Title: Fancy Footwork.
I’m often asked “How do you get your photos so sharp!?!” and my answer is always “How I do.”
The truth is there is no sharpness button that I’m using, there is no secret lens, and last but not least my camera is a tool, there are a lot of people shooting with my exact set up who’s images do not appear as sharp as mine. If there was any secret I would have to say that understanding and knowing the camera is how I get sharp photos. So for today’s blog I thought I’d touch on 5 things you can do to achieve sharper photos.
1. Know Your Camera/Gear. I know I touched on this above but knowing your camera, how it functions, and understanding it’s ability is how you get sharper photos. If fact, this is how you get BETTER photos across the board. Don’t just glance the manual take your camera out for test runs and do it often. Know each and every button and setting… it might seem confusing at first but doing this only makes it easier. Also, this is why you hear photographers say “I just took the photo” - knowing your gear becomes second nature and allows photos to just happen.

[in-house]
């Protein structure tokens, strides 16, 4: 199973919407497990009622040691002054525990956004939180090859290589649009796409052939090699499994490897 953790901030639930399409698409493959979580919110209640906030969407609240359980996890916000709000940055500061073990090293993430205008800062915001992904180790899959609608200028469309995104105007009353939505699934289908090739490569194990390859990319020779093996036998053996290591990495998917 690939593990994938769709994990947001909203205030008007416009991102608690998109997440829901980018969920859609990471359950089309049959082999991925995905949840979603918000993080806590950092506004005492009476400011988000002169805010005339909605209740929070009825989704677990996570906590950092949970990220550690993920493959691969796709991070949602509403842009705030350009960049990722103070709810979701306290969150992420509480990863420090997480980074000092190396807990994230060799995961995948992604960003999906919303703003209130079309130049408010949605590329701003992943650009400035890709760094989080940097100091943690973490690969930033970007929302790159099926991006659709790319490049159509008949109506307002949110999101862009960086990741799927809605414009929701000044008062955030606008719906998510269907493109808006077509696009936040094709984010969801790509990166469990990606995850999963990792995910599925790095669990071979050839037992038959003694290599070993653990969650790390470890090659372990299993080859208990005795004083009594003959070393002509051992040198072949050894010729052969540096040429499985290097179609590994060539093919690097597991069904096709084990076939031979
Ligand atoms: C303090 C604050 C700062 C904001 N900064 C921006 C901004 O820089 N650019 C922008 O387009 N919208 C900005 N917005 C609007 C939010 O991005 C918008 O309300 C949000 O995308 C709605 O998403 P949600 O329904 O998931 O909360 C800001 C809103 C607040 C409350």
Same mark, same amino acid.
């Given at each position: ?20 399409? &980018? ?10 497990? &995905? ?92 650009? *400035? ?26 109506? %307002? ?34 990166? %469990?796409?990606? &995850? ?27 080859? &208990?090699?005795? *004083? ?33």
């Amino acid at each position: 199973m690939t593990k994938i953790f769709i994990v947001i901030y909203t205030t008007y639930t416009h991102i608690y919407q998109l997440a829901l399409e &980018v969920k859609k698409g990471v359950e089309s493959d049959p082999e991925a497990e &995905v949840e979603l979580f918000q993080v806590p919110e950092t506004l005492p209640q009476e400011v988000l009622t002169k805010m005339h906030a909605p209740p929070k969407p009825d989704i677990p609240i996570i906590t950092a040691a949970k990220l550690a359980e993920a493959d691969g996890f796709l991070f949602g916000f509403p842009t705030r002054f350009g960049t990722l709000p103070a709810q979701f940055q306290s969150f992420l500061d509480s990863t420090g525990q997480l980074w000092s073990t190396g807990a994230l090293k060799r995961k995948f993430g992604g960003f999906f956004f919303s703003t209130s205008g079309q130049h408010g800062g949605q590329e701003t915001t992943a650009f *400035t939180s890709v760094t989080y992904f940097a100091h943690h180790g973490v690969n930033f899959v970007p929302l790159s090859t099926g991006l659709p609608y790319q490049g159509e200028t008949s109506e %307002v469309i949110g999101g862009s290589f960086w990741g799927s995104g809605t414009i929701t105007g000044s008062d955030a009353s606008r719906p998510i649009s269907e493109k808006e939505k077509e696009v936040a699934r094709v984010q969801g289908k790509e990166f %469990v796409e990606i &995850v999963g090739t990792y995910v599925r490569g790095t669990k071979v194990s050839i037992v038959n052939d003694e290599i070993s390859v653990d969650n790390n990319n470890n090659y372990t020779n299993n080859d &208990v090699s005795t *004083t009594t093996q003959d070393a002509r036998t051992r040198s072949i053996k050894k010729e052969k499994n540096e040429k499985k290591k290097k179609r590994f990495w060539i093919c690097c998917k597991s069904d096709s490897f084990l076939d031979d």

2. Understanding Depth of Field. Be mindful of extreme DoF (f/1.2, 1.4, and 1.8) as it tends to give the appearance of a soft or out of focus image. The key is to use DoF in your favor will… my favorite f-stop for many of my photos tends to be f/2.0. This f-stop gives amazing DoF while keeping my focal area sharp and viewable.
3. Proper White Balance. This one is often overlooked but in my opinion is the “secret weapon of sharp photos.” When you nail white balance your photo just sets better and is digitally cleaner.